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Ann Intern Med. 2015 Jan 6;162(1):27-34. doi: 10.7326/M14-1275.

D-dimer testing to select patients with a first unprovoked venous thromboembolism who can stop anticoagulant therapy: a cohort study.

Abstract

BACKGROUND:

Normal D-dimer levels after withdrawal of anticoagulant therapy are associated with a reduced risk for recurrence in patients with unprovoked venous thromboembolism (VTE) and may justify stopping treatment.

OBJECTIVE:

To determine whether patients with a first unprovoked VTE and negative D-dimer test result who stop anticoagulant therapy have a low risk for recurrence.

DESIGN:

Prospective management study with blinded outcome assessment. (ClinicalTrials.gov: NCT00720915).

SETTING:

13 university-affiliated clinical centers.

PATIENTS:

410 adults aged 75 years or younger with a first unprovoked proximal deep venous thrombosis or pulmonary embolism who had completed 3 to 7 months of anticoagulant therapy.

INTERVENTION:

Anticoagulant therapy was stopped if D-dimer test results were negative and was not restarted if results were still negative after 1 month.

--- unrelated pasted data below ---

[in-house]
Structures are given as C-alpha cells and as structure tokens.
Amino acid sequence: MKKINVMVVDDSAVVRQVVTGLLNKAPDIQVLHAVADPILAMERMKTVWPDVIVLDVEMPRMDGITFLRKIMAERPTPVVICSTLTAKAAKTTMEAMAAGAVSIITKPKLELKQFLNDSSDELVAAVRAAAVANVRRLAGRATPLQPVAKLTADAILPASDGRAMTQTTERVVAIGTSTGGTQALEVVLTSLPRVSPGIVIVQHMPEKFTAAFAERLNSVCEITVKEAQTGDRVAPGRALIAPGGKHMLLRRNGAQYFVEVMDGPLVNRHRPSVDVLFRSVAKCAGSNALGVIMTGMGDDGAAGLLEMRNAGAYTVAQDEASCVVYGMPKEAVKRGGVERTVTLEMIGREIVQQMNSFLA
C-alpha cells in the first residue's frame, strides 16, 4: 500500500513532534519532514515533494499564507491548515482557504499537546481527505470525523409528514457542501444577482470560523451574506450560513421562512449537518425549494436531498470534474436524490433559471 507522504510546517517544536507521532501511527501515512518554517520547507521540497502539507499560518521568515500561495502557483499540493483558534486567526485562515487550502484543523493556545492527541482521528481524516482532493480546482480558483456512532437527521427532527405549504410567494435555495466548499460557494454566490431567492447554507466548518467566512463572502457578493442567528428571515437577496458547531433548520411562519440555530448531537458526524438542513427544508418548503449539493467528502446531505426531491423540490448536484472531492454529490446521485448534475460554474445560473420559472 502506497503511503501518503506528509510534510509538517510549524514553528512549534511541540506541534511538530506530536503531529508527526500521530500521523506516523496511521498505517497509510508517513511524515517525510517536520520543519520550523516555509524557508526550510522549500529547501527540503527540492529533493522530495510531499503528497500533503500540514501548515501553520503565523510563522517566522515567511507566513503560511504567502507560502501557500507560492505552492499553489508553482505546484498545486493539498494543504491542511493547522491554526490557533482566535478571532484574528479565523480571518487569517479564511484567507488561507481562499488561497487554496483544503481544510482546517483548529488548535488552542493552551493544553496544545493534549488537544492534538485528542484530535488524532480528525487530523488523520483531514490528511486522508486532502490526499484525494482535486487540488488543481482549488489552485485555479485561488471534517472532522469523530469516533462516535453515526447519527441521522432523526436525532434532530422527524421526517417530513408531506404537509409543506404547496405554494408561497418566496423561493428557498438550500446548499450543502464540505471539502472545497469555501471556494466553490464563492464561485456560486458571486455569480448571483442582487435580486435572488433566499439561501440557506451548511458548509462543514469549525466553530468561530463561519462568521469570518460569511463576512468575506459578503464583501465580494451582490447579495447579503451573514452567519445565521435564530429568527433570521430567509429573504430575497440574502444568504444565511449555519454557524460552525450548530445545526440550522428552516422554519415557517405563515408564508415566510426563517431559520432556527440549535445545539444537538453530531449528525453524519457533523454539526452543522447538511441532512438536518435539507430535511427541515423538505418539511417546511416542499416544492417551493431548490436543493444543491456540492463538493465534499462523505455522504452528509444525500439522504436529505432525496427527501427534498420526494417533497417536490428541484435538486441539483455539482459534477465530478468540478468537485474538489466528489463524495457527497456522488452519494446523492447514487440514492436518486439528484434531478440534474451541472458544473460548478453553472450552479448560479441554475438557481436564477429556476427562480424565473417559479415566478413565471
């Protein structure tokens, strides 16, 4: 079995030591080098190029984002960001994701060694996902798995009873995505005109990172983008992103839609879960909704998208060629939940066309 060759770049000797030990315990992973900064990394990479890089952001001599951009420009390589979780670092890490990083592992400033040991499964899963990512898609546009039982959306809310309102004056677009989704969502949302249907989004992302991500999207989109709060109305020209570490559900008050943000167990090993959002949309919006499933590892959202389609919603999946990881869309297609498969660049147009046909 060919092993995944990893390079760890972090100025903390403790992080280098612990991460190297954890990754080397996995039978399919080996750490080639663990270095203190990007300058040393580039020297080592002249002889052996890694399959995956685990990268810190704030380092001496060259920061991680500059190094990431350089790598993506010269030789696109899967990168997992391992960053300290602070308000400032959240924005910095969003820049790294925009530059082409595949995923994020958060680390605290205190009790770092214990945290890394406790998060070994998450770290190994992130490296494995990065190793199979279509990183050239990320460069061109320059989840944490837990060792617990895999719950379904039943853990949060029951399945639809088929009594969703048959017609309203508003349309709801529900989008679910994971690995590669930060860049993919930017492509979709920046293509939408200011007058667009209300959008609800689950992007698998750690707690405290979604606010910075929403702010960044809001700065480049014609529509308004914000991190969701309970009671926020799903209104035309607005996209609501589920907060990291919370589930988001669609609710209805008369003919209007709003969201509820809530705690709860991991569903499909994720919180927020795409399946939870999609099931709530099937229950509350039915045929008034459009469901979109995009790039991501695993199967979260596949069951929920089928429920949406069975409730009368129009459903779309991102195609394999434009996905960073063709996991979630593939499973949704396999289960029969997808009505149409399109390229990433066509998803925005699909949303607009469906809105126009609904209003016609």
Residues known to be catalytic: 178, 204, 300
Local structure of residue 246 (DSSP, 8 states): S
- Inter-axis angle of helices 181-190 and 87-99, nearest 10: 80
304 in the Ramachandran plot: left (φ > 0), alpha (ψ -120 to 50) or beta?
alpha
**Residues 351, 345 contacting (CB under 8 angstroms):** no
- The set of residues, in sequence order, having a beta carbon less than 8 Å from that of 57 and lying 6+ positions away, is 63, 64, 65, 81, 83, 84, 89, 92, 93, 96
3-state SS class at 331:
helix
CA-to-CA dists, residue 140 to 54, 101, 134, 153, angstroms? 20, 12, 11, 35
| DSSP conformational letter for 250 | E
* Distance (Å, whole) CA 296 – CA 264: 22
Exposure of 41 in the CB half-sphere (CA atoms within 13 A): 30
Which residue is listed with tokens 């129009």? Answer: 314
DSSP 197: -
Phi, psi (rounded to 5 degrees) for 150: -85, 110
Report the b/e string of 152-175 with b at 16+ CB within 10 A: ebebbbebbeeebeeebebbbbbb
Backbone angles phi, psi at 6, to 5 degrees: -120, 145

MEASUREMENTS:

Recurrent VTE during an average follow-up of 2.2 years.

RESULTS:

In 319 patients (78%) who had 2 negative D-dimer results and did not restart anticoagulant therapy, rates of recurrent VTE were 6.7% (95% CI, 4.8% to 9.0%) per patient-year overall (42 of 319), 9.7% (CI, 6.7% to 13.7%) per patient-year in men (33 of 180), 5.4% (CI, 2.5% to 10.2%) per patient-year in women with VTE not associated with estrogen therapy (9 of 81), and 0.0% (CI, 0.0% to 3.0%) per patient-year in women with VTE associated with estrogen therapy (0 of 58) (P = 0.001 for the 3-group comparison).

LIMITATIONS:

Imprecision in female subgroups. Results may not be generalizable to different D-dimer assays from the one used in the study.

CONCLUSION:

The risk for recurrence in patients with a first unprovoked VTE who have negative D-dimer results is not low enough to justify stopping anticoagulant therapy in men but may be low enough to justify stopping therapy in women.

PRIMARY FUNDING SOURCE:

Canadian Institutes of Health Research.

PMID:
25560712
DOI:
10.7326/M14-1275
[Indexed for MEDLINE]

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